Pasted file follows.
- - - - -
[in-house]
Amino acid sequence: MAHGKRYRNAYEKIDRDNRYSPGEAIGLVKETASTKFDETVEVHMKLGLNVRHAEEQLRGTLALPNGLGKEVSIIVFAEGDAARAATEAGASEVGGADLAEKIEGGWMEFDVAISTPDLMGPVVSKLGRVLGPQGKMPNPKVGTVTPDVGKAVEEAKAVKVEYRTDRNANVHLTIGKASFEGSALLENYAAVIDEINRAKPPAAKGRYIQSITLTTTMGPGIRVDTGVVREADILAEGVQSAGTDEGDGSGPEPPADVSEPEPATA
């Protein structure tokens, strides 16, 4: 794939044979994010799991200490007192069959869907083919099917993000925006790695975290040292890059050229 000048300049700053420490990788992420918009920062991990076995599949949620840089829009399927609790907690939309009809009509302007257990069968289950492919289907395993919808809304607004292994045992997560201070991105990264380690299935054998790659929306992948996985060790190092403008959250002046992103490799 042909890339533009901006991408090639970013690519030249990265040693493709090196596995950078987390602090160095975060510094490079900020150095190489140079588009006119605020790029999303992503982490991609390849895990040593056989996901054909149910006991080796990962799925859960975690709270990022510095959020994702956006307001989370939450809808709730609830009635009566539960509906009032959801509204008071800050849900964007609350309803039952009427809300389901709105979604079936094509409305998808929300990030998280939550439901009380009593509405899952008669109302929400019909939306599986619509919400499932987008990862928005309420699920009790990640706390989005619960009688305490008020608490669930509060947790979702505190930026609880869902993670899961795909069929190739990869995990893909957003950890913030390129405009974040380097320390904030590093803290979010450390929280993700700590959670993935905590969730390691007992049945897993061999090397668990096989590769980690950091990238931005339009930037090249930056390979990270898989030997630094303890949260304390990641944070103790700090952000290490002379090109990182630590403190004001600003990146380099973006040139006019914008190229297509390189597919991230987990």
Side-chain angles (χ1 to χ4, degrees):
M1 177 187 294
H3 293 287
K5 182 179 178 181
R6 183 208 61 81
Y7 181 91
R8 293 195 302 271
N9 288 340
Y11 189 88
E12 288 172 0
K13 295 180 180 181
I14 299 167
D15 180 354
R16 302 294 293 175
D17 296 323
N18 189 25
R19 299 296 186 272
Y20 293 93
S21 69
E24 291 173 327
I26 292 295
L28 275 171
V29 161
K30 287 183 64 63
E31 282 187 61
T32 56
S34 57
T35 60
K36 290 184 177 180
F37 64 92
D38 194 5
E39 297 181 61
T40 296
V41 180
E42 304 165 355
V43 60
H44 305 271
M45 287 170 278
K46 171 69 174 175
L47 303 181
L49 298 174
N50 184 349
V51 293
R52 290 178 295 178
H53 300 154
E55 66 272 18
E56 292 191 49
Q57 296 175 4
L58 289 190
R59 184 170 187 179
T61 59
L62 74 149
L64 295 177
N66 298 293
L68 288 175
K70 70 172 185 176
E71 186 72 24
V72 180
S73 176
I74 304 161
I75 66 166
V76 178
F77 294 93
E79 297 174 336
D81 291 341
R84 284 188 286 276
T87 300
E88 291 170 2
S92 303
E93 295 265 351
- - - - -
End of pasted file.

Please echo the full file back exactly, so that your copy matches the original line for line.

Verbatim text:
[in-house]
Amino acid sequence: MAHGKRYRNAYEKIDRDNRYSPGEAIGLVKETASTKFDETVEVHMKLGLNVRHAEEQLRGTLALPNGLGKEVSIIVFAEGDAARAATEAGASEVGGADLAEKIEGGWMEFDVAISTPDLMGPVVSKLGRVLGPQGKMPNPKVGTVTPDVGKAVEEAKAVKVEYRTDRNANVHLTIGKASFEGSALLENYAAVIDEINRAKPPAAKGRYIQSITLTTTMGPGIRVDTGVVREADILAEGVQSAGTDEGDGSGPEPPADVSEPEPATA
């Protein structure tokens, strides 16, 4: 794939044979994010799991200490007192069959869907083919099917993000925006790695975290040292890059050229 000048300049700053420490990788992420918009920062991990076995599949949620840089829009399927609790907690939309009809009509302007257990069968289950492919289907395993919808809304607004292994045992997560201070991105990264380690299935054998790659929306992948996985060790190092403008959250002046992103490799 042909890339533009901006991408090639970013690519030249990265040693493709090196596995950078987390602090160095975060510094490079900020150095190489140079588009006119605020790029999303992503982490991609390849895990040593056989996901054909149910006991080796990962799925859960975690709270990022510095959020994702956006307001989370939450809808709730609830009635009566539960509906009032959801509204008071800050849900964007609350309803039952009427809300389901709105979604079936094509409305998808929300990030998280939550439901009380009593509405899952008669109302929400019909939306599986619509919400499932987008990862928005309420699920009790990640706390989005619960009688305490008020608490669930509060947790979702505190930026609880869902993670899961795909069929190739990869995990893909957003950890913030390129405009974040380097320390904030590093803290979010450390929280993700700590959670993935905590969730390691007992049945897993061999090397668990096989590769980690950091990238931005339009930037090249930056390979990270898989030997630094303890949260304390990641944070103790700090952000290490002379090109990182630590403190004001600003990146380099973006040139006019914008190229297509390189597919991230987990």
Side-chain angles (χ1 to χ4, degrees):
M1 177 187 294
H3 293 287
K5 182 179 178 181
R6 183 208 61 81
Y7 181 91
R8 293 195 302 271
N9 288 340
Y11 189 88
E12 288 172 0
K13 295 180 180 181
I14 299 167
D15 180 354
R16 302 294 293 175
D17 296 323
N18 189 25
R19 299 296 186 272
Y20 293 93
S21 69
E24 291 173 327
I26 292 295
L28 275 171
V29 161
K30 287 183 64 63
E31 282 187 61
T32 56
S34 57
T35 60
K36 290 184 177 180
F37 64 92
D38 194 5
E39 297 181 61
T40 296
V41 180
E42 304 165 355
V43 60
H44 305 271
M45 287 170 278
K46 171 69 174 175
L47 303 181
L49 298 174
N50 184 349
V51 293
R52 290 178 295 178
H53 300 154
E55 66 272 18
E56 292 191 49
Q57 296 175 4
L58 289 190
R59 184 170 187 179
T61 59
L62 74 149
L64 295 177
N66 298 293
L68 288 175
K70 70 172 185 176
E71 186 72 24
V72 180
S73 176
I74 304 161
I75 66 166
V76 178
F77 294 93
E79 297 174 336
D81 291 341
R84 284 188 286 276
T87 300
E88 291 170 2
S92 303
E93 295 265 351